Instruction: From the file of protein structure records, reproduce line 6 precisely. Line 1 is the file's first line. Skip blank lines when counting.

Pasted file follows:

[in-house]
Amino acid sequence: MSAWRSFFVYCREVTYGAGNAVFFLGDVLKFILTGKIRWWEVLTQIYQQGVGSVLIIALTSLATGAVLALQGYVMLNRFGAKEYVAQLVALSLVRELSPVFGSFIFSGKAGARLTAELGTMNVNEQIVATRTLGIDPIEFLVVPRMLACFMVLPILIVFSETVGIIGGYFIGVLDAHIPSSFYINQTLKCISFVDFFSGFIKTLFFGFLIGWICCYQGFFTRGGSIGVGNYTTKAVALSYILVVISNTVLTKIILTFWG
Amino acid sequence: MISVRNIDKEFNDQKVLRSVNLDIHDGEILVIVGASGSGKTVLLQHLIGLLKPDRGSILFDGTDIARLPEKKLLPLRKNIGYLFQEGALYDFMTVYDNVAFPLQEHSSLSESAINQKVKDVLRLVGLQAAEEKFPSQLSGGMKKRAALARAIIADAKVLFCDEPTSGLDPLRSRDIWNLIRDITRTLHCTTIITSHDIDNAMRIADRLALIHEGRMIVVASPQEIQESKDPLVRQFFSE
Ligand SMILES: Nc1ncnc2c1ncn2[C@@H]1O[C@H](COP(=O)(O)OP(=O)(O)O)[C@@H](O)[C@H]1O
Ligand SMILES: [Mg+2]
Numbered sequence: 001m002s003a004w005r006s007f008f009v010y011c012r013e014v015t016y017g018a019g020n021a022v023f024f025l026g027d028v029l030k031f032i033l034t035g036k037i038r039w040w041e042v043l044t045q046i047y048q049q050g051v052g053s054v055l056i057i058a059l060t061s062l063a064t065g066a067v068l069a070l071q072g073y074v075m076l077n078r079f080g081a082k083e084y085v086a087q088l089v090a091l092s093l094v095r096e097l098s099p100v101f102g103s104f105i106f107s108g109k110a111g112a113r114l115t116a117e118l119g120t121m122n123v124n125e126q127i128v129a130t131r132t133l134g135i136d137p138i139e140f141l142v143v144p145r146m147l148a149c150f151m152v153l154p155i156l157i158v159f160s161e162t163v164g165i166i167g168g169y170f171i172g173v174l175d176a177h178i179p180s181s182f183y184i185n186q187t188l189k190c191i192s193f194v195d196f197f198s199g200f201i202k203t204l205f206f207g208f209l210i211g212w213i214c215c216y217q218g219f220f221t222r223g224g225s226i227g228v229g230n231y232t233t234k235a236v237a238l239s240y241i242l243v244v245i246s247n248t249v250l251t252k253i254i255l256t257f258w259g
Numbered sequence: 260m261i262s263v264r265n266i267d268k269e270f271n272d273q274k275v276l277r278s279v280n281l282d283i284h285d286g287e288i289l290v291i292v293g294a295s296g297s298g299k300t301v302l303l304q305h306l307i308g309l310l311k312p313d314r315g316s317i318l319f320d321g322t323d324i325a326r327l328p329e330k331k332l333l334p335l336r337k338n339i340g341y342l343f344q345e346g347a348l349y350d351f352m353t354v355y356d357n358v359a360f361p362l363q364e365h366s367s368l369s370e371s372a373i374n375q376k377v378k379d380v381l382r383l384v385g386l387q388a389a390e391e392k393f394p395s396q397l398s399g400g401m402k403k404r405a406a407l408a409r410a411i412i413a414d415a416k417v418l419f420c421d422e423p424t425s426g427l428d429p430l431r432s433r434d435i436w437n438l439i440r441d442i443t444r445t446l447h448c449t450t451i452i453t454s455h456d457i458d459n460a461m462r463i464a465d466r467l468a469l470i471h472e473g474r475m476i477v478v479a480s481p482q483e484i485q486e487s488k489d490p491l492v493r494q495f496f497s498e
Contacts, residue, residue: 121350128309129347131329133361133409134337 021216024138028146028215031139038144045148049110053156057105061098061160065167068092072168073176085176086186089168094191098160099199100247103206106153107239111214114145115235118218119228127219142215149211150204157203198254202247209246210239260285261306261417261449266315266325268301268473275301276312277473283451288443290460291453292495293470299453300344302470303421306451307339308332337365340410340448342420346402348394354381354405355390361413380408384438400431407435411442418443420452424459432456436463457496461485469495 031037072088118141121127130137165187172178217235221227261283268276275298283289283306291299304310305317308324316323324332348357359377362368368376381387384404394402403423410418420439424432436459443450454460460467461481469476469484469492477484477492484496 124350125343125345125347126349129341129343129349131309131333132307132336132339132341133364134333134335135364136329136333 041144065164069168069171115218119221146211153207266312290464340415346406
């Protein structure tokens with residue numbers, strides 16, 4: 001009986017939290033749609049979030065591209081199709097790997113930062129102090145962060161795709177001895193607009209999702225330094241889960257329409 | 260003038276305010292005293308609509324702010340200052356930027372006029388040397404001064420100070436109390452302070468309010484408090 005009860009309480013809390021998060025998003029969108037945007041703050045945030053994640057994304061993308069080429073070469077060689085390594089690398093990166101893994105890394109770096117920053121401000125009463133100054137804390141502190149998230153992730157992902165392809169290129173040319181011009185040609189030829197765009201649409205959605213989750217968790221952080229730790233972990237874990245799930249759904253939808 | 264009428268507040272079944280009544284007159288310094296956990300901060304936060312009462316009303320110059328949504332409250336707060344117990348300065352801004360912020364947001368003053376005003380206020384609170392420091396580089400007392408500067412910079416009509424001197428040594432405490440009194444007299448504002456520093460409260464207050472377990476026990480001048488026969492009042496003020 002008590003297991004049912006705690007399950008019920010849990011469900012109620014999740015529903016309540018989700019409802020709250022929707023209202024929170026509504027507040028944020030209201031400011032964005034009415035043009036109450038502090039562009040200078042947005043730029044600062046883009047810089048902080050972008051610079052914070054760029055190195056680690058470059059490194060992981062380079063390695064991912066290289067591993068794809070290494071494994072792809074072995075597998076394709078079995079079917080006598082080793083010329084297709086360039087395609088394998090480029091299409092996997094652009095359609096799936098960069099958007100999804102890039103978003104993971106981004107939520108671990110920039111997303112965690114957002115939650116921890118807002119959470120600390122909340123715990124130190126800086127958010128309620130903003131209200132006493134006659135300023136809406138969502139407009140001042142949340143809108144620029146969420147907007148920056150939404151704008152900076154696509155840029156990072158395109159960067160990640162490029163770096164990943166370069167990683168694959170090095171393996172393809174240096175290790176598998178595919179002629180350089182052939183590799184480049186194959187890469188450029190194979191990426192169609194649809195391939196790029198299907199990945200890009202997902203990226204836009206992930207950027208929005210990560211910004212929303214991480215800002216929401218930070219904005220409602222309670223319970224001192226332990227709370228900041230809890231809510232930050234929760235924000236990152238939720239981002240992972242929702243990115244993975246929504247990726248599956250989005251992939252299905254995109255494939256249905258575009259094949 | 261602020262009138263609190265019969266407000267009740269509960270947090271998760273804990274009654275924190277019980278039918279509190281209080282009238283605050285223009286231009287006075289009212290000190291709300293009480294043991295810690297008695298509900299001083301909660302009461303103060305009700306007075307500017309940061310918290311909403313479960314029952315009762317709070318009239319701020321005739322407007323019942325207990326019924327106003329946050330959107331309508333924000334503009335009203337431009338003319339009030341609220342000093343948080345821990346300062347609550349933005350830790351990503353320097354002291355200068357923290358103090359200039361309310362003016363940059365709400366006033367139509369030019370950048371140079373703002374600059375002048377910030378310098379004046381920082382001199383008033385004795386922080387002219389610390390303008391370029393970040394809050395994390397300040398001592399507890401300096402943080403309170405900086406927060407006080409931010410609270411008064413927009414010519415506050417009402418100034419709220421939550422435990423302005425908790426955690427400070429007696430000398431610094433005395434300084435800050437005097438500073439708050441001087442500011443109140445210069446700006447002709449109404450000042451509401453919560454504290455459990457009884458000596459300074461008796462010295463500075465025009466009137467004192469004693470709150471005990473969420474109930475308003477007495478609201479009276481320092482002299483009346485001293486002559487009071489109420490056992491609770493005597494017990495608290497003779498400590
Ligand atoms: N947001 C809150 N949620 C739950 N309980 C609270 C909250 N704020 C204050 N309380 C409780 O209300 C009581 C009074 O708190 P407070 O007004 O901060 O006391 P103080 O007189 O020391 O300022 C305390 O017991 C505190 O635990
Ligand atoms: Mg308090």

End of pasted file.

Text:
Numbered sequence: 001m002s003a004w005r006s007f008f009v010y011c012r013e014v015t016y017g018a019g020n021a022v023f024f025l026g027d028v029l030k031f032i033l034t035g036k037i038r039w040w041e042v043l044t045q046i047y048q049q050g051v052g053s054v055l056i057i058a059l060t061s062l063a064t065g066a067v068l069a070l071q072g073y074v075m076l077n078r079f080g081a082k083e084y085v086a087q088l089v090a091l092s093l094v095r096e097l098s099p100v101f102g103s104f105i106f107s108g109k110a111g112a113r114l115t116a117e118l119g120t121m122n123v124n125e126q127i128v129a130t131r132t133l134g135i136d137p138i139e140f141l142v143v144p145r146m147l148a149c150f151m152v153l154p155i156l157i158v159f160s161e162t163v164g165i166i167g168g169y170f171i172g173v174l175d176a177h178i179p180s181s182f183y184i185n186q187t188l189k190c191i192s193f194v195d196f197f198s199g200f201i202k203t204l205f206f207g208f209l210i211g212w213i214c215c216y217q218g219f220f221t222r223g224g225s226i227g228v229g230n231y232t233t234k235a236v237a238l239s240y241i242l243v244v245i246s247n248t249v250l251t252k253i254i255l256t257f258w259g